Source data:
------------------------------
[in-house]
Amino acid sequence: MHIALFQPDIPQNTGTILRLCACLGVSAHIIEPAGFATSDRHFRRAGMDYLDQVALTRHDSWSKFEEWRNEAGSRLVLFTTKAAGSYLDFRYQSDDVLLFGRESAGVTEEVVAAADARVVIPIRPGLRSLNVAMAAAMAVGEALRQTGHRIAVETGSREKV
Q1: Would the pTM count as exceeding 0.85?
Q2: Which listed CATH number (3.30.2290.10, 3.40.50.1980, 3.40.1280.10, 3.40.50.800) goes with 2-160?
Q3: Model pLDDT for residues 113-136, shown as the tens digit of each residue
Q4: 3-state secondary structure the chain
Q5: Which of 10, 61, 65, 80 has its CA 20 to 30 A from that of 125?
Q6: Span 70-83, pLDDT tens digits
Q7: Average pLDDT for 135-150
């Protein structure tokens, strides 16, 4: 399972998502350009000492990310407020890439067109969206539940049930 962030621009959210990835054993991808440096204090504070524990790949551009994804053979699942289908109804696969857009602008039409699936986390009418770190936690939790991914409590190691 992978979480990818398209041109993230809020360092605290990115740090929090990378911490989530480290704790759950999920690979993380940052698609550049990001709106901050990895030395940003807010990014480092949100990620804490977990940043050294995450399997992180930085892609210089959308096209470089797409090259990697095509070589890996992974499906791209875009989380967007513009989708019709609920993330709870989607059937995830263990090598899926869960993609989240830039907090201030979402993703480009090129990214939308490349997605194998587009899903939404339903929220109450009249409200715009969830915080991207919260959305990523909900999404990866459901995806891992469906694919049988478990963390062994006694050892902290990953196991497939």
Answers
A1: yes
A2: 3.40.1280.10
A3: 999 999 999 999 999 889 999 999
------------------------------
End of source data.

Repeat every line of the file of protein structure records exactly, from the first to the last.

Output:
[in-house]
Amino acid sequence: MHIALFQPDIPQNTGTILRLCACLGVSAHIIEPAGFATSDRHFRRAGMDYLDQVALTRHDSWSKFEEWRNEAGSRLVLFTTKAAGSYLDFRYQSDDVLLFGRESAGVTEEVVAAADARVVIPIRPGLRSLNVAMAAAMAVGEALRQTGHRIAVETGSREKV
Q1: Would the pTM count as exceeding 0.85?
Q2: Which listed CATH number (3.30.2290.10, 3.40.50.1980, 3.40.1280.10, 3.40.50.800) goes with 2-160?
Q3: Model pLDDT for residues 113-136, shown as the tens digit of each residue
Q4: 3-state secondary structure the chain
Q5: Which of 10, 61, 65, 80 has its CA 20 to 30 A from that of 125?
Q6: Span 70-83, pLDDT tens digits
Q7: Average pLDDT for 135-150
């Protein structure tokens, strides 16, 4: 399972998502350009000492990310407020890439067109969206539940049930 962030621009959210990835054993991808440096204090504070524990790949551009994804053979699942289908109804696969857009602008039409699936986390009418770190936690939790991914409590190691 992978979480990818398209041109993230809020360092605290990115740090929090990378911490989530480290704790759950999920690979993380940052698609550049990001709106901050990895030395940003807010990014480092949100990620804490977990940043050294995450399997992180930085892609210089959308096209470089797409090259990697095509070589890996992974499906791209875009989380967007513009989708019709609920993330709870989607059937995830263990090598899926869960993609989240830039907090201030979402993703480009090129990214939308490349997605194998587009899903939404339903929220109450009249409200715009969830915080991207919260959305990523909900999404990866459901995806891992469906694919049988478990963390062994006694050892902290990953196991497939």
Answers
A1: yes
A2: 3.40.1280.10
A3: 999 999 999 999 999 889 999 999